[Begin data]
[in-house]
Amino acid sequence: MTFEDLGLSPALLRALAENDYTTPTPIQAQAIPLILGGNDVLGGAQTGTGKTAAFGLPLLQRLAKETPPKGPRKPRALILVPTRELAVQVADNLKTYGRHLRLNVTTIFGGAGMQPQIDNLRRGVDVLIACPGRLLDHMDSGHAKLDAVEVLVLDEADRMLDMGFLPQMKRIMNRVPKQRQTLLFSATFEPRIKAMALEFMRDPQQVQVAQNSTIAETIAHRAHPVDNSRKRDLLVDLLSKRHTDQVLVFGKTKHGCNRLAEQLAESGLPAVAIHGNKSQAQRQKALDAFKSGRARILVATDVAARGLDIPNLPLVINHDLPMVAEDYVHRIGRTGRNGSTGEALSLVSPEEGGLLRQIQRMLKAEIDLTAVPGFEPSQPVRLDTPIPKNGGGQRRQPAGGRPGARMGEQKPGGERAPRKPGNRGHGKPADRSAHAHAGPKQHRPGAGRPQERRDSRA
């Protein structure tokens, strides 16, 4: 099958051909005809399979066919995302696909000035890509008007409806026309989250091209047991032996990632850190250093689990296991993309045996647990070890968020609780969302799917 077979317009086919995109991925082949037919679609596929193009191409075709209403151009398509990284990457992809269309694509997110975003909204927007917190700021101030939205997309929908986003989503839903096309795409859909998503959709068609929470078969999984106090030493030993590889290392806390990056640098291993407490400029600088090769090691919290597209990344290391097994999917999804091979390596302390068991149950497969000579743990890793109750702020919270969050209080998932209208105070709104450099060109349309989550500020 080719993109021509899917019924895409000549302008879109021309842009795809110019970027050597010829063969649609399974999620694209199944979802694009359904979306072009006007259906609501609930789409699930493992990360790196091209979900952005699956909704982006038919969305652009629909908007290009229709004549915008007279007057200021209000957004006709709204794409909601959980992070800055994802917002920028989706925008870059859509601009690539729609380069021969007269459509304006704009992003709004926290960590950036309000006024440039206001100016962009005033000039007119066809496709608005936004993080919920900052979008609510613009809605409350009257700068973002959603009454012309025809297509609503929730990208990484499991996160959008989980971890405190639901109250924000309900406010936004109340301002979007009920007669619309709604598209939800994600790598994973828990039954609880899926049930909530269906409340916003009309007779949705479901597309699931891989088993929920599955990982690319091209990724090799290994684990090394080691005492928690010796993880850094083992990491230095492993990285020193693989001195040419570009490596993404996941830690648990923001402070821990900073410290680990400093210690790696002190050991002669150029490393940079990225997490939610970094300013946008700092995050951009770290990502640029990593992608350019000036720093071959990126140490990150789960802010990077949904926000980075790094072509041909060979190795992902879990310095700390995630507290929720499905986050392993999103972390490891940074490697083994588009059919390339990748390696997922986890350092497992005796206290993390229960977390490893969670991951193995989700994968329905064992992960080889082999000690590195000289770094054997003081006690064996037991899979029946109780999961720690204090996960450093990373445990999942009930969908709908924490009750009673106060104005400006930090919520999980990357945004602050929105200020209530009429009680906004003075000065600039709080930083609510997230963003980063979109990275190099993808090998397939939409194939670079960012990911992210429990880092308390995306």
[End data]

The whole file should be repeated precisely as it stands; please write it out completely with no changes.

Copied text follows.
[in-house]
Amino acid sequence: MTFEDLGLSPALLRALAENDYTTPTPIQAQAIPLILGGNDVLGGAQTGTGKTAAFGLPLLQRLAKETPPKGPRKPRALILVPTRELAVQVADNLKTYGRHLRLNVTTIFGGAGMQPQIDNLRRGVDVLIACPGRLLDHMDSGHAKLDAVEVLVLDEADRMLDMGFLPQMKRIMNRVPKQRQTLLFSATFEPRIKAMALEFMRDPQQVQVAQNSTIAETIAHRAHPVDNSRKRDLLVDLLSKRHTDQVLVFGKTKHGCNRLAEQLAESGLPAVAIHGNKSQAQRQKALDAFKSGRARILVATDVAARGLDIPNLPLVINHDLPMVAEDYVHRIGRTGRNGSTGEALSLVSPEEGGLLRQIQRMLKAEIDLTAVPGFEPSQPVRLDTPIPKNGGGQRRQPAGGRPGARMGEQKPGGERAPRKPGNRGHGKPADRSAHAHAGPKQHRPGAGRPQERRDSRA
């Protein structure tokens, strides 16, 4: 099958051909005809399979066919995302696909000035890509008007409806026309989250091209047991032996990632850190250093689990296991993309045996647990070890968020609780969302799917 077979317009086919995109991925082949037919679609596929193009191409075709209403151009398509990284990457992809269309694509997110975003909204927007917190700021101030939205997309929908986003989503839903096309795409859909998503959709068609929470078969999984106090030493030993590889290392806390990056640098291993407490400029600088090769090691919290597209990344290391097994999917999804091979390596302390068991149950497969000579743990890793109750702020919270969050209080998932209208105070709104450099060109349309989550500020 080719993109021509899917019924895409000549302008879109021309842009795809110019970027050597010829063969649609399974999620694209199944979802694009359904979306072009006007259906609501609930789409699930493992990360790196091209979900952005699956909704982006038919969305652009629909908007290009229709004549915008007279007057200021209000957004006709709204794409909601959980992070800055994802917002920028989706925008870059859509601009690539729609380069021969007269459509304006704009992003709004926290960590950036309000006024440039206001100016962009005033000039007119066809496709608005936004993080919920900052979008609510613009809605409350009257700068973002959603009454012309025809297509609503929730990208990484499991996160959008989980971890405190639901109250924000309900406010936004109340301002979007009920007669619309709604598209939800994600790598994973828990039954609880899926049930909530269906409340916003009309007779949705479901597309699931891989088993929920599955990982690319091209990724090799290994684990090394080691005492928690010796993880850094083992990491230095492993990285020193693989001195040419570009490596993404996941830690648990923001402070821990900073410290680990400093210690790696002190050991002669150029490393940079990225997490939610970094300013946008700092995050951009770290990502640029990593992608350019000036720093071959990126140490990150789960802010990077949904926000980075790094072509041909060979190795992902879990310095700390995630507290929720499905986050392993999103972390490891940074490697083994588009059919390339990748390696997922986890350092497992005796206290993390229960977390490893969670991951193995989700994968329905064992992960080889082999000690590195000289770094054997003081006690064996037991899979029946109780999961720690204090996960450093990373445990999942009930969908709908924490009750009673106060104005400006930090919520999980990357945004602050929105200020209530009429009680906004003075000065600039709080930083609510997230963003980063979109990275190099993808090998397939939409194939670079960012990911992210429990880092308390995306």